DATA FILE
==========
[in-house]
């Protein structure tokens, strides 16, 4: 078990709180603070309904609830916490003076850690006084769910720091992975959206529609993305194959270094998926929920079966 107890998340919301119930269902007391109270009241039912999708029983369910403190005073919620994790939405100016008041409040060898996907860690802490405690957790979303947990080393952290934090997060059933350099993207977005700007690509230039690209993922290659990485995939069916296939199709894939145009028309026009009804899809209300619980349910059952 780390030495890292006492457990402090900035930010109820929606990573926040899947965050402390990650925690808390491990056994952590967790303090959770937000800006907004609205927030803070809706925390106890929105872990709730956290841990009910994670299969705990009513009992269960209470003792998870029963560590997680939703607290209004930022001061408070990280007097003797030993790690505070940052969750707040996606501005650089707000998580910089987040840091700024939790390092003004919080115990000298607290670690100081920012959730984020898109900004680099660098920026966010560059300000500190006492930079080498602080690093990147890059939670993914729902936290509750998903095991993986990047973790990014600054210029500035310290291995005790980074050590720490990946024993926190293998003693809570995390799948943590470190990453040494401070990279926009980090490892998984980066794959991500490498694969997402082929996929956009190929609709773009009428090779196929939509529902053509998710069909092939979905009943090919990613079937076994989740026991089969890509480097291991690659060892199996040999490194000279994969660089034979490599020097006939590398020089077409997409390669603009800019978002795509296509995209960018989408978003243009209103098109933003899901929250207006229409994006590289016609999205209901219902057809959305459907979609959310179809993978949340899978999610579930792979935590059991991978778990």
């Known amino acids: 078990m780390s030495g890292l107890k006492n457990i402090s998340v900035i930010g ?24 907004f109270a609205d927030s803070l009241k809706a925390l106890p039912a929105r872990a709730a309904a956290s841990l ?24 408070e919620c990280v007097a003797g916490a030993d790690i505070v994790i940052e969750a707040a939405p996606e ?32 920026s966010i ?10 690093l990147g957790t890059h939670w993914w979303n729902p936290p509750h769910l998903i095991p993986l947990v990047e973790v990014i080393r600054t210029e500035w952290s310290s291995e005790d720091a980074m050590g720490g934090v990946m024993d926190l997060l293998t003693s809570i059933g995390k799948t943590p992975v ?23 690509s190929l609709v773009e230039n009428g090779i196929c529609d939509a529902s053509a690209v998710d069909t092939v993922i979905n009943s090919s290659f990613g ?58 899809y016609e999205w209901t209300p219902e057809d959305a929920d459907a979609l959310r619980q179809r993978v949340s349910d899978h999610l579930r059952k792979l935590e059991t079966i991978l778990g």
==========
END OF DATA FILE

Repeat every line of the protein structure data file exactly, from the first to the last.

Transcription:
[in-house]
């Protein structure tokens, strides 16, 4: 078990709180603070309904609830916490003076850690006084769910720091992975959206529609993305194959270094998926929920079966 107890998340919301119930269902007391109270009241039912999708029983369910403190005073919620994790939405100016008041409040060898996907860690802490405690957790979303947990080393952290934090997060059933350099993207977005700007690509230039690209993922290659990485995939069916296939199709894939145009028309026009009804899809209300619980349910059952 780390030495890292006492457990402090900035930010109820929606990573926040899947965050402390990650925690808390491990056994952590967790303090959770937000800006907004609205927030803070809706925390106890929105872990709730956290841990009910994670299969705990009513009992269960209470003792998870029963560590997680939703607290209004930022001061408070990280007097003797030993790690505070940052969750707040996606501005650089707000998580910089987040840091700024939790390092003004919080115990000298607290670690100081920012959730984020898109900004680099660098920026966010560059300000500190006492930079080498602080690093990147890059939670993914729902936290509750998903095991993986990047973790990014600054210029500035310290291995005790980074050590720490990946024993926190293998003693809570995390799948943590470190990453040494401070990279926009980090490892998984980066794959991500490498694969997402082929996929956009190929609709773009009428090779196929939509529902053509998710069909092939979905009943090919990613079937076994989740026991089969890509480097291991690659060892199996040999490194000279994969660089034979490599020097006939590398020089077409997409390669603009800019978002795509296509995209960018989408978003243009209103098109933003899901929250207006229409994006590289016609999205209901219902057809959305459907979609959310179809993978949340899978999610579930792979935590059991991978778990």
């Known amino acids: 078990m780390s030495g890292l107890k006492n457990i402090s998340v900035i930010g ?24 907004f109270a609205d927030s803070l009241k809706a925390l106890p039912a929105r872990a709730a309904a956290s841990l ?24 408070e919620c990280v007097a003797g916490a030993d790690i505070v994790i940052e969750a707040a939405p996606e ?32 920026s966010i ?10 690093l990147g957790t890059h939670w993914w979303n729902p936290p509750h769910l998903i095991p993986l947990v990047e973790v990014i080393r600054t210029e500035w952290s310290s291995e005790d720091a980074m050590g720490g934090v990946m024993d926190l997060l293998t003693s809570i059933g995390k799948t943590p992975v ?23 690509s190929l609709v773009e230039n009428g090779i196929c529609d939509a529902s053509a690209v998710d069909t092939v993922i979905n009943s090919s290659f990613g ?58 899809y016609e999205w209901t209300p219902e057809d959305a929920d459907a979609l959310r619980q179809r993978v949340s349910d899978h999610l579930r059952k792979l935590e059991t079966i991978l778990g």